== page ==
If a defective memory cell row is present in memory cell array 1, fuse elements FS0 to FSn shown in FIGS. 2 and 3 are fused as follows. Fuse element FS0 in redundant enable circuit 10 is fused first. Thus, a high level redundant enable signal RE is applied to redundant fuse circuit 11.

Then, in view of the address of the defective memory cell row, fuse elements FS1 to FSn are selectively fused. More specifically, fuse elements FS1 to FSn are selectively fused so that output signal RRE rises only when a specific row address signal designating the defective memory cell row is applied. Signal RRE is output through transistor 32 to enable redundant row decoder 12.

FIG. 24 is a diagram showing redundant fuse circuit 13 shown in FIG. 1. A redundant fuse circuit 13 for columns has a circuit configuration the same as redundant fuse circuit for rows 11 and operates in the same manner. As described above, at least one of redundant memory cell row 8 and redundant memory cell column 9 shown in FIG. 1 is provided in DRAM 100, and therefore at least one of redundant fuse circuits 11 and 13 shown in FIGS. 3 and 24 is similarly provided. An NMOS transistor 33 receives a column selection signal φCS through a gate electrode from clock signal generator 6. Redundant fuse circuit 13 outputs a redundant column decoder enable signal RCE.

FIG. 4 is a diagram showing one example of redundant use detection circuit 15 shown in FIG. 1. Redundant use detection circuit 15a shown in FIG. 4 can be applied as redundant use detection circuit 15 in DRAM 100 shown in FIG. 1.

Referring to FIG. 4, redundant use detection circuit 15a includes an NMOS transistor Q11 connected between external terminal 38 (or 39) and ground potential. Transistor Q11 has a gate electrode connected to receive redundant use signal φRR from redundant enable circuit 10 shown in FIG. 1.

If, for example, a redundant circuit is used, a high level signal φRR is applied. Transistor Q11 conducts in response to signal φRR. High voltage source 142 is connected to external terminal 38 through amperemeter 141. Therefore, when a redundant circuit is used, current flows across transistor Q11, which current is detected by amperemeter 141. As a result, the use of the redundant circuit can be known through external terminal 38.

Meanwhile, if a redundant circuit is not used, a low level signal φRR is applied. Transistor Q11 is brought to a non-conduction state in response to signal φRR. Accordingly, the absence of current flowing across transistor Q11 is detected by amperemeter 141. Consequently, one can know through external terminal 38 that a redundant circuit is not used.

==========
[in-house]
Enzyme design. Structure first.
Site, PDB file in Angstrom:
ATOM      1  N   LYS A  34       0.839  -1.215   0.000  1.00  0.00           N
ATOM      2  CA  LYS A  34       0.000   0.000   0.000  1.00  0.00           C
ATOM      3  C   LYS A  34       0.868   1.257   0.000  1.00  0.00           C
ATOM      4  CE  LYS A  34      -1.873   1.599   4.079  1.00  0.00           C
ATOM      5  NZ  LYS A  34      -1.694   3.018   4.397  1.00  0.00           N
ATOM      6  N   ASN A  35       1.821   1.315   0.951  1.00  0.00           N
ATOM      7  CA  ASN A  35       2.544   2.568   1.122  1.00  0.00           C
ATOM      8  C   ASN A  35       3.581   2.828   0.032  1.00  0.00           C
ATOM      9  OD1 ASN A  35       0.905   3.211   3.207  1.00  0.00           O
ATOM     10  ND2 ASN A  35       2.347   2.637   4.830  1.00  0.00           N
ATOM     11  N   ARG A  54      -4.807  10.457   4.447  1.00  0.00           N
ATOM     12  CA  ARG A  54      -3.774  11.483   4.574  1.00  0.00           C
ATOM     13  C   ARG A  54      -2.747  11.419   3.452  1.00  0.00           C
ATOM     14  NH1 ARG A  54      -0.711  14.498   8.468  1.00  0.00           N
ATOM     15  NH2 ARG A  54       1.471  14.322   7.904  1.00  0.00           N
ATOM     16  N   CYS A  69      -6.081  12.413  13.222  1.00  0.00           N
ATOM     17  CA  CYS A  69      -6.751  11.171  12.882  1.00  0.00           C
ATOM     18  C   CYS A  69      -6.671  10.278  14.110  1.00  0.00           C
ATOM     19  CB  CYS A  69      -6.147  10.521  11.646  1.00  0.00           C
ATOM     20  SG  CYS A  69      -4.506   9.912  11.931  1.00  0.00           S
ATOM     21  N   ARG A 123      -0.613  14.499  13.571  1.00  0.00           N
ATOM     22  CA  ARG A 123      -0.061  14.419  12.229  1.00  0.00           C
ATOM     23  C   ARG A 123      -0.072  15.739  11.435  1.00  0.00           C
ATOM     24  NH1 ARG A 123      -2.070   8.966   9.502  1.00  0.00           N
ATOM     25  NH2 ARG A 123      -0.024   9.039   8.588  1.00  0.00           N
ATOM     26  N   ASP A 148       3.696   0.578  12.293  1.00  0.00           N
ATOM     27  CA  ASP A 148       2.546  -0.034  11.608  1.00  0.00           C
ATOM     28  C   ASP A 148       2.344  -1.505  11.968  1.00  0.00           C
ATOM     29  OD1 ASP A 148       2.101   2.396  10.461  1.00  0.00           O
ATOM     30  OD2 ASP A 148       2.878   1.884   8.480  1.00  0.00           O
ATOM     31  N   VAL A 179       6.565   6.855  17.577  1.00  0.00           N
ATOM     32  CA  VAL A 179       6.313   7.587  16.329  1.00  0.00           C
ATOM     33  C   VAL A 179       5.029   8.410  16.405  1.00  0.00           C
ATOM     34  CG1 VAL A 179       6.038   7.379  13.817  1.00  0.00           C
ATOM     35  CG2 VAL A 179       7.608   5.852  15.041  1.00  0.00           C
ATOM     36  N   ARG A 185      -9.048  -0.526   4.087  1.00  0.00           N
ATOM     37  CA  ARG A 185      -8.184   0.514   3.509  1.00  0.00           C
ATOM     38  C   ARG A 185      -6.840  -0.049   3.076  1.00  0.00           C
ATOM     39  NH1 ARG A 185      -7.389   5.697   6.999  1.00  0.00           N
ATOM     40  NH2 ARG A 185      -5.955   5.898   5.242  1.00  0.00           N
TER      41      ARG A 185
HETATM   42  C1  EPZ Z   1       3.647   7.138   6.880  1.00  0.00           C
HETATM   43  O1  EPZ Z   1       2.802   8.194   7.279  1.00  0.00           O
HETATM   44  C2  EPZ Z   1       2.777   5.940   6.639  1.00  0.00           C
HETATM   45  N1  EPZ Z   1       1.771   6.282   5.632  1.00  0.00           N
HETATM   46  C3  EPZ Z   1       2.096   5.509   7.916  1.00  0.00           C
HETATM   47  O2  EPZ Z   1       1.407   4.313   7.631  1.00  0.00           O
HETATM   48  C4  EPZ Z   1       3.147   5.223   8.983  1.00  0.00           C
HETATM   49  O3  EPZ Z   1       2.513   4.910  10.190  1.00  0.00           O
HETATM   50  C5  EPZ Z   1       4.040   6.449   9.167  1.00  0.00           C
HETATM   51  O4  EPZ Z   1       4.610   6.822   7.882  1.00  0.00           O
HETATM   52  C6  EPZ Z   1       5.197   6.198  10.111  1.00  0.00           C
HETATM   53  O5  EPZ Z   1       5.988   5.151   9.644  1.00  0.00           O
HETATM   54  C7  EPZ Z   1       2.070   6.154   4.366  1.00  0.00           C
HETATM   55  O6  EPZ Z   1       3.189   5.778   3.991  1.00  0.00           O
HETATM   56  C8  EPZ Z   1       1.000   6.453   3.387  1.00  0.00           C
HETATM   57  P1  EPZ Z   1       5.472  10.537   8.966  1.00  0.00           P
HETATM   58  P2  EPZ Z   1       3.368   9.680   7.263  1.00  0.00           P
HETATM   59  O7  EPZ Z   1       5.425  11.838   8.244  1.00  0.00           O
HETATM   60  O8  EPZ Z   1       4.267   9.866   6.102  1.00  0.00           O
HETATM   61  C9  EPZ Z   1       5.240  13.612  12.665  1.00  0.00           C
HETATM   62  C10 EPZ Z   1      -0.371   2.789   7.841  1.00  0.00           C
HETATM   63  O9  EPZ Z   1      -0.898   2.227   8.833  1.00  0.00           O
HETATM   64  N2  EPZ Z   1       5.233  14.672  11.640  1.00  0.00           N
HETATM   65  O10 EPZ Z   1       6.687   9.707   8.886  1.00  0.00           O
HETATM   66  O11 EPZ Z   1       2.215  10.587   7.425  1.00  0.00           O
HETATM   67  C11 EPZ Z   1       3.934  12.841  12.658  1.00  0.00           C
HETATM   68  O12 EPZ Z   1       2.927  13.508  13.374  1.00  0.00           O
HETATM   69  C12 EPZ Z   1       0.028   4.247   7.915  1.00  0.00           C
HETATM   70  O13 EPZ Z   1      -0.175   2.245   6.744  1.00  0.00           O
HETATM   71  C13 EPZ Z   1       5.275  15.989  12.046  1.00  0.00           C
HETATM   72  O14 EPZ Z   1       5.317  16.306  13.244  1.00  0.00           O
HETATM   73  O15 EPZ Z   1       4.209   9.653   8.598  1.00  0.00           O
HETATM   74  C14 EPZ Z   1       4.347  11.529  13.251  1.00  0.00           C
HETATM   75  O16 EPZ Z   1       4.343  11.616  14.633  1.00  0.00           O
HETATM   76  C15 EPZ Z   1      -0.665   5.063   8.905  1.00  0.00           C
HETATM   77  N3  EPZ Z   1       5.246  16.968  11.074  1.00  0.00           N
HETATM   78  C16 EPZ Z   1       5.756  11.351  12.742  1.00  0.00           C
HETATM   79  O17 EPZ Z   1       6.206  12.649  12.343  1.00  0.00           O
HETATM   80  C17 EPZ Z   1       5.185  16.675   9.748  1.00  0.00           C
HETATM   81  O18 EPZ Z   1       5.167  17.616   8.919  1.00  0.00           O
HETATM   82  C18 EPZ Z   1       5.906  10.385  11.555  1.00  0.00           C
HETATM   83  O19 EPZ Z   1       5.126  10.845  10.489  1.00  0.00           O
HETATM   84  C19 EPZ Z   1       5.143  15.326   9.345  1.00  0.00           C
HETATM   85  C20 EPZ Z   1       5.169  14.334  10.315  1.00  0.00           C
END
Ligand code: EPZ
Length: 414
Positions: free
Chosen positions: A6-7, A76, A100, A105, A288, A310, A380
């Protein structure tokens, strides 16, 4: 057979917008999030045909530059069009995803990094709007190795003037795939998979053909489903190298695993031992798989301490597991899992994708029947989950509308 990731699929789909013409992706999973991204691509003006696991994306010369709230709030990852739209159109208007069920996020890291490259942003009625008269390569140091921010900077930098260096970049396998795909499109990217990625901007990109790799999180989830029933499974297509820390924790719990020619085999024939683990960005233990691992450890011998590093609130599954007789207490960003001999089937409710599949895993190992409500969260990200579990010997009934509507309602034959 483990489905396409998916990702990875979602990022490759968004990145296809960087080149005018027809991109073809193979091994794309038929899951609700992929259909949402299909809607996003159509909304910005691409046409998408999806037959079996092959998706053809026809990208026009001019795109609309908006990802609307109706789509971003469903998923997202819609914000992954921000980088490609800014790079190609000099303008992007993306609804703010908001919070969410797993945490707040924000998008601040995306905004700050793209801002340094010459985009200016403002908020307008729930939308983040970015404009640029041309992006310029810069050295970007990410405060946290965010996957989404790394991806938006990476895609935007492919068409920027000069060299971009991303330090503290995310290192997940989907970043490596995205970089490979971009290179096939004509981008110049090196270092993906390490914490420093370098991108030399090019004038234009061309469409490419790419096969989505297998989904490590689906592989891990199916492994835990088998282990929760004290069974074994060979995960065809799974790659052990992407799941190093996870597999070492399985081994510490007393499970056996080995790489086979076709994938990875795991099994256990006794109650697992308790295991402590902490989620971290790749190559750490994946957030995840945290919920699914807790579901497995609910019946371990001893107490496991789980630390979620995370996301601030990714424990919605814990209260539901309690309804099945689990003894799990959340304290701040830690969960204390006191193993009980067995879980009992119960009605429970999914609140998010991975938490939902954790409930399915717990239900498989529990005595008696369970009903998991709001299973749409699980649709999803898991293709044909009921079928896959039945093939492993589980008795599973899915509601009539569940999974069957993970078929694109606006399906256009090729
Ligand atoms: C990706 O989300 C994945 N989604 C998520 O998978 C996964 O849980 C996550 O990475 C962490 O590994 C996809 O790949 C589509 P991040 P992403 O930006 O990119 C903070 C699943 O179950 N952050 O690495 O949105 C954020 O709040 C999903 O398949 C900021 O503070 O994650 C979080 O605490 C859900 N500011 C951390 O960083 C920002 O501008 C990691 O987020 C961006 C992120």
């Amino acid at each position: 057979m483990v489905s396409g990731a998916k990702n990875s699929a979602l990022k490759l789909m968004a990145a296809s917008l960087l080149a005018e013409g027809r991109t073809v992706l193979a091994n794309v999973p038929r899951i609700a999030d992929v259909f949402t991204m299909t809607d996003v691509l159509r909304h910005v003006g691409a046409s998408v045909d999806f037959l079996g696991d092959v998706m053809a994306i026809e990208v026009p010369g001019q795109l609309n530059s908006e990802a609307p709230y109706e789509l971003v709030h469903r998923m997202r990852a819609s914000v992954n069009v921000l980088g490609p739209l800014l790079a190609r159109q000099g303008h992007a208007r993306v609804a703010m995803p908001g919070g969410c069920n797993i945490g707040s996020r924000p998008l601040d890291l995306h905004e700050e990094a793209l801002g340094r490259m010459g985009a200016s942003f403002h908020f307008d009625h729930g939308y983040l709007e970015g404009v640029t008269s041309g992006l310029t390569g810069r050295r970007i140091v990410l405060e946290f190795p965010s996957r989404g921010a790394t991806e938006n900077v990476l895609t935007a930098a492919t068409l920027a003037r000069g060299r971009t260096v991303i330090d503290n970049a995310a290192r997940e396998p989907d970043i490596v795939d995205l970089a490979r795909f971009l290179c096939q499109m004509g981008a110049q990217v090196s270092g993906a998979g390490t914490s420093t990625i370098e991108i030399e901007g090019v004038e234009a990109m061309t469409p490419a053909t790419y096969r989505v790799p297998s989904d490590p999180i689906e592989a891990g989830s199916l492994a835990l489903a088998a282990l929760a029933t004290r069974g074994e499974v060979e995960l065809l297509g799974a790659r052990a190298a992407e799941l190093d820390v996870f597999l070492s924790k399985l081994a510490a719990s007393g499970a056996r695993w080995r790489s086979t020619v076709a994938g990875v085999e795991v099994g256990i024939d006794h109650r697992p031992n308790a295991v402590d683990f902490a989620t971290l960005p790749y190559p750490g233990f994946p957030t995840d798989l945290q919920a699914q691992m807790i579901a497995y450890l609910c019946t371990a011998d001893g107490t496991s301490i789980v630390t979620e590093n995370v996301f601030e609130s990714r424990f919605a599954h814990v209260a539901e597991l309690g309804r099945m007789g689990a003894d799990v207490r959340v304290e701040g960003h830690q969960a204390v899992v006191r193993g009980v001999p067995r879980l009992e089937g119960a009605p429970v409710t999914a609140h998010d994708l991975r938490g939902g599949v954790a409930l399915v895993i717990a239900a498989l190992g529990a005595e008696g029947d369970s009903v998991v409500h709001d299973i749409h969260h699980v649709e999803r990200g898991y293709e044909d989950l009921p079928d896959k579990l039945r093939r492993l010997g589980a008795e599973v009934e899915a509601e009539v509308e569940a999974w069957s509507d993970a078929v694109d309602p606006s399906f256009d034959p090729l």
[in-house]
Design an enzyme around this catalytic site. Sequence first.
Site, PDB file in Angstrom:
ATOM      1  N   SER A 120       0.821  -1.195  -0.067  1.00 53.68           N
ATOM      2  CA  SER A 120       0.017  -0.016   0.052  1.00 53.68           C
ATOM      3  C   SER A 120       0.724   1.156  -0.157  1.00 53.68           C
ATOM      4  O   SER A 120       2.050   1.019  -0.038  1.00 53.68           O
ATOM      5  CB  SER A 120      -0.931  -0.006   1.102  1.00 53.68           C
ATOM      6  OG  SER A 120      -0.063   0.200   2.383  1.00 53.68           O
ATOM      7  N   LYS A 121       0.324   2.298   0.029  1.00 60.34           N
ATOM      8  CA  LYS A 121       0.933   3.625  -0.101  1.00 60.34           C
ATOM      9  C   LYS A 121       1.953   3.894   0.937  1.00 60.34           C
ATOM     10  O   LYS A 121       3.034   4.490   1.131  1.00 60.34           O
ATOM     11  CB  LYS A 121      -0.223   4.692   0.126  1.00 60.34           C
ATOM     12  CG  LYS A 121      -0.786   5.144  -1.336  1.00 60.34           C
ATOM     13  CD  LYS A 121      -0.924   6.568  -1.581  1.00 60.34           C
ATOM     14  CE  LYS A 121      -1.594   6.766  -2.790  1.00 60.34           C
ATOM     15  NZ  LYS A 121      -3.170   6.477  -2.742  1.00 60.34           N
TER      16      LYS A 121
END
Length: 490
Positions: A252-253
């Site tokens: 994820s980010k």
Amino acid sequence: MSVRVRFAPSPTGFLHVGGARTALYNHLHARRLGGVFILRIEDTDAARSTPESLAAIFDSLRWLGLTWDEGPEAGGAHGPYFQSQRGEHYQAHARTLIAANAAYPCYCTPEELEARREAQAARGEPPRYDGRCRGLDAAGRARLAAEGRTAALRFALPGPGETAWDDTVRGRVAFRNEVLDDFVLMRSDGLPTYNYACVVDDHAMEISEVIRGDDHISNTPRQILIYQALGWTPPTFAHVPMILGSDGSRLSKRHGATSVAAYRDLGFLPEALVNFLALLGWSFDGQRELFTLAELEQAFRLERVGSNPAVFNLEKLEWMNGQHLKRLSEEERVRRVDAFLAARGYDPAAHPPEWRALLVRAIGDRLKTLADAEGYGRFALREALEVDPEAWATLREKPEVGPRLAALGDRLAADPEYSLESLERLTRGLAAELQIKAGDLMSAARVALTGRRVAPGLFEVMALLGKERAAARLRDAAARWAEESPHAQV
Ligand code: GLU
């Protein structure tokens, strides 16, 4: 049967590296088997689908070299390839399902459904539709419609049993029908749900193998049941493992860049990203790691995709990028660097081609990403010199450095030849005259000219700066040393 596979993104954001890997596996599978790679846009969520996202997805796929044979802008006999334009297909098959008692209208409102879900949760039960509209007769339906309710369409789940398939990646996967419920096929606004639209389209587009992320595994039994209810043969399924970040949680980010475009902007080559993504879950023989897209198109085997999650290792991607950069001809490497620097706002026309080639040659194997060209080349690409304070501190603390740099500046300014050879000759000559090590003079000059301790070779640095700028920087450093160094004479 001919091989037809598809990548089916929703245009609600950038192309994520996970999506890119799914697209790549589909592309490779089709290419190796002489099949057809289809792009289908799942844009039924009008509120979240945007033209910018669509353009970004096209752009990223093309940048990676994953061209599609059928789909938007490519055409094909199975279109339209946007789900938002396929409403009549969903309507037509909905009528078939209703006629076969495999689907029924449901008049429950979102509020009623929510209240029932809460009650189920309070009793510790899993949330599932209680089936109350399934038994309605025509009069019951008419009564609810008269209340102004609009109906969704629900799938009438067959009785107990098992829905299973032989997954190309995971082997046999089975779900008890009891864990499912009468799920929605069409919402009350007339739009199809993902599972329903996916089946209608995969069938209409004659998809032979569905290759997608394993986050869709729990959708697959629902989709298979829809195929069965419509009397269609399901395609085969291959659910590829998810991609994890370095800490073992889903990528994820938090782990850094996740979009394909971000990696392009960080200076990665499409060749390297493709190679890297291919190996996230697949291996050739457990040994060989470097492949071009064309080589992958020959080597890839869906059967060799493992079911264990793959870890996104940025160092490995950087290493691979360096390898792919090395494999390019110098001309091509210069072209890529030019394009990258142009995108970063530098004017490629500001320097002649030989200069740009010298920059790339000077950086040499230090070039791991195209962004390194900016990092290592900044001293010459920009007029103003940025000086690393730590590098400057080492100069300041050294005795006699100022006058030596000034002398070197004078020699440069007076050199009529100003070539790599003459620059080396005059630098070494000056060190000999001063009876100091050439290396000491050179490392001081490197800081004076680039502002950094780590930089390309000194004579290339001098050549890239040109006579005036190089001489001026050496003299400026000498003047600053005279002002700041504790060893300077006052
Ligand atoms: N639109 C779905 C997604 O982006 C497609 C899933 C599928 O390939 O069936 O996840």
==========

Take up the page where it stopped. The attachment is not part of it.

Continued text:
Redundant use detection circuit 15a shown in FIG. 4 has the following advantage in terms of integration density. Assume that a high voltage of 5 V for redundant use detection is supplied through external terminal 38. In this case, the voltage of 5 V is supplied across the source-drain region of transistor Q11. In addition, when a redundant circuit is used, a redundant use signal φRR of 5 V is assumed to be applied. Assuming that a current of 10 μA flows across transistor Q11 while transistor Q11 conducts, 500 kΩ will be necessary as an on resistance for transistor Q11. In order to obtain such a resistance value using a resistance element, a dimension of 1 μm in width x about 500 μm in length will be necessary for an impurity diffusion region in a semiconductor substrate.

In contrast, if the resistance value is obtained by an NMOS transistor, assuming that current flowing across the transistor in its conduction state is 3 mA (for gate length=1 μm, gate width=10 μm), on-resistance of about 1.6 kΩ is obtained. In another example, for gate length=13 μm and gate width=2 μm, about 100 kΩ on resistance is obtained. More specifically, use of an NMOS transistor in place of diffusion resistance can form a transistor having a desired conduction resistance in a reduced occupied area on the semiconductor substrate.

FIG. 5 is a diagram showing another example of redundant use detection circuit 15 shown in FIG. 1. Referring to FIG. 5, a redundant use detection circuit 15b includes NMOS transistors Q12, Q13, and Q14 connected in series between external terminal 38 (or 39) and ground potential. Transistor Q12 receives redundant use signal φRR through a gate electrode. Each of transistors Q13 and Q14 is connected in a diode-connected manner.